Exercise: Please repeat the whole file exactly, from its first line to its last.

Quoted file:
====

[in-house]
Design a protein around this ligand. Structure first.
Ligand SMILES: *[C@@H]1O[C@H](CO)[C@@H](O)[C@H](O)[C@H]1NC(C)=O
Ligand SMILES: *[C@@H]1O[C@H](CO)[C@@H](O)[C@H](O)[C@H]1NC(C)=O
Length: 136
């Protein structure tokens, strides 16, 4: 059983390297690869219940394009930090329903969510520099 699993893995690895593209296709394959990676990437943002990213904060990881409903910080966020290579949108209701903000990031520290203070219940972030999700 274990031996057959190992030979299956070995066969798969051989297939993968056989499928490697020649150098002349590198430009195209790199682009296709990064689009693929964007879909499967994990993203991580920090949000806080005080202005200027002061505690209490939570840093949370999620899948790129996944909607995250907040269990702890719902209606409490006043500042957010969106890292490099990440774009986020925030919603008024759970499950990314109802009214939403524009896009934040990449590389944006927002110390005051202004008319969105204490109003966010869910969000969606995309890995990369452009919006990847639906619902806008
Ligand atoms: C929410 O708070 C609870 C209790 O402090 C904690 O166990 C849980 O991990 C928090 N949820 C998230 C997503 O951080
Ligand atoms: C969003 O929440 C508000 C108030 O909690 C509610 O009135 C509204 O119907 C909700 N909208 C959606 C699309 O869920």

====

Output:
[in-house]
Design a protein around this ligand. Structure first.
Ligand SMILES: *[C@@H]1O[C@H](CO)[C@@H](O)[C@H](O)[C@H]1NC(C)=O
Ligand SMILES: *[C@@H]1O[C@H](CO)[C@@H](O)[C@H](O)[C@H]1NC(C)=O
Length: 136
């Protein structure tokens, strides 16, 4: 059983390297690869219940394009930090329903969510520099 699993893995690895593209296709394959990676990437943002990213904060990881409903910080966020290579949108209701903000990031520290203070219940972030999700 274990031996057959190992030979299956070995066969798969051989297939993968056989499928490697020649150098002349590198430009195209790199682009296709990064689009693929964007879909499967994990993203991580920090949000806080005080202005200027002061505690209490939570840093949370999620899948790129996944909607995250907040269990702890719902209606409490006043500042957010969106890292490099990440774009986020925030919603008024759970499950990314109802009214939403524009896009934040990449590389944006927002110390005051202004008319969105204490109003966010869910969000969606995309890995990369452009919006990847639906619902806008
Ligand atoms: C929410 O708070 C609870 C209790 O402090 C904690 O166990 C849980 O991990 C928090 N949820 C998230 C997503 O951080
Ligand atoms: C969003 O929440 C508000 C108030 O909690 C509610 O009135 C509204 O119907 C909700 N909208 C959606 C699309 O869920």